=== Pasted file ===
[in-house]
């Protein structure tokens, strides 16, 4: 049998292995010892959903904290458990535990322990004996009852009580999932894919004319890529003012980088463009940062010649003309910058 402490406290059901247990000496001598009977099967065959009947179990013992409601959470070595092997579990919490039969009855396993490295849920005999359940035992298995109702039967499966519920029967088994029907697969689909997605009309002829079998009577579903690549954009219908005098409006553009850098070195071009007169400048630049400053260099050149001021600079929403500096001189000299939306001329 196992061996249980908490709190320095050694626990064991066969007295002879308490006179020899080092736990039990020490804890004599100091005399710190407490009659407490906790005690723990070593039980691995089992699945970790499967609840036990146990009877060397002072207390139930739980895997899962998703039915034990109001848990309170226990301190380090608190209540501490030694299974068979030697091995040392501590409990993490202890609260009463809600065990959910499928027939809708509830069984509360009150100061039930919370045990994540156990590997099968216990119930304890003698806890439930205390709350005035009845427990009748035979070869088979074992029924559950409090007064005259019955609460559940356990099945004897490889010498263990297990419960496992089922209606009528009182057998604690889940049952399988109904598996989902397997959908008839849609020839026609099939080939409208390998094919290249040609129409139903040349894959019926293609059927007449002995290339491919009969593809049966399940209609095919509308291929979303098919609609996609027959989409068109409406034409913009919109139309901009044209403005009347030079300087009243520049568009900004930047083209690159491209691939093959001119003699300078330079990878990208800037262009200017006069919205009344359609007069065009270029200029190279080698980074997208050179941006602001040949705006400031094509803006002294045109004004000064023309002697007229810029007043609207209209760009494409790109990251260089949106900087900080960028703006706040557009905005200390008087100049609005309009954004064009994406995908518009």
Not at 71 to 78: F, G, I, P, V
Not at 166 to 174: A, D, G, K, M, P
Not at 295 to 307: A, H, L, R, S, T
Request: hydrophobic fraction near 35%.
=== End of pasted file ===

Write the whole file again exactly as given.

[in-house]
């Protein structure tokens, strides 16, 4: 049998292995010892959903904290458990535990322990004996009852009580999932894919004319890529003012980088463009940062010649003309910058 402490406290059901247990000496001598009977099967065959009947179990013992409601959470070595092997579990919490039969009855396993490295849920005999359940035992298995109702039967499966519920029967088994029907697969689909997605009309002829079998009577579903690549954009219908005098409006553009850098070195071009007169400048630049400053260099050149001021600079929403500096001189000299939306001329 196992061996249980908490709190320095050694626990064991066969007295002879308490006179020899080092736990039990020490804890004599100091005399710190407490009659407490906790005690723990070593039980691995089992699945970790499967609840036990146990009877060397002072207390139930739980895997899962998703039915034990109001848990309170226990301190380090608190209540501490030694299974068979030697091995040392501590409990993490202890609260009463809600065990959910499928027939809708509830069984509360009150100061039930919370045990994540156990590997099968216990119930304890003698806890439930205390709350005035009845427990009748035979070869088979074992029924559950409090007064005259019955609460559940356990099945004897490889010498263990297990419960496992089922209606009528009182057998604690889940049952399988109904598996989902397997959908008839849609020839026609099939080939409208390998094919290249040609129409139903040349894959019926293609059927007449002995290339491919009969593809049966399940209609095919509308291929979303098919609609996609027959989409068109409406034409913009919109139309901009044209403005009347030079300087009243520049568009900004930047083209690159491209691939093959001119003699300078330079990878990208800037262009200017006069919205009344359609007069065009270029200029190279080698980074997208050179941006602001040949705006400031094509803006002294045109004004000064023309002697007229810029007043609207209209760009494409790109990251260089949106900087900080960028703006706040557009905005200390008087100049609005309009954004064009994406995908518009």
Not at 71 to 78: F, G, I, P, V
Not at 166 to 174: A, D, G, K, M, P
Not at 295 to 307: A, H, L, R, S, T
Request: hydrophobic fraction near 35%.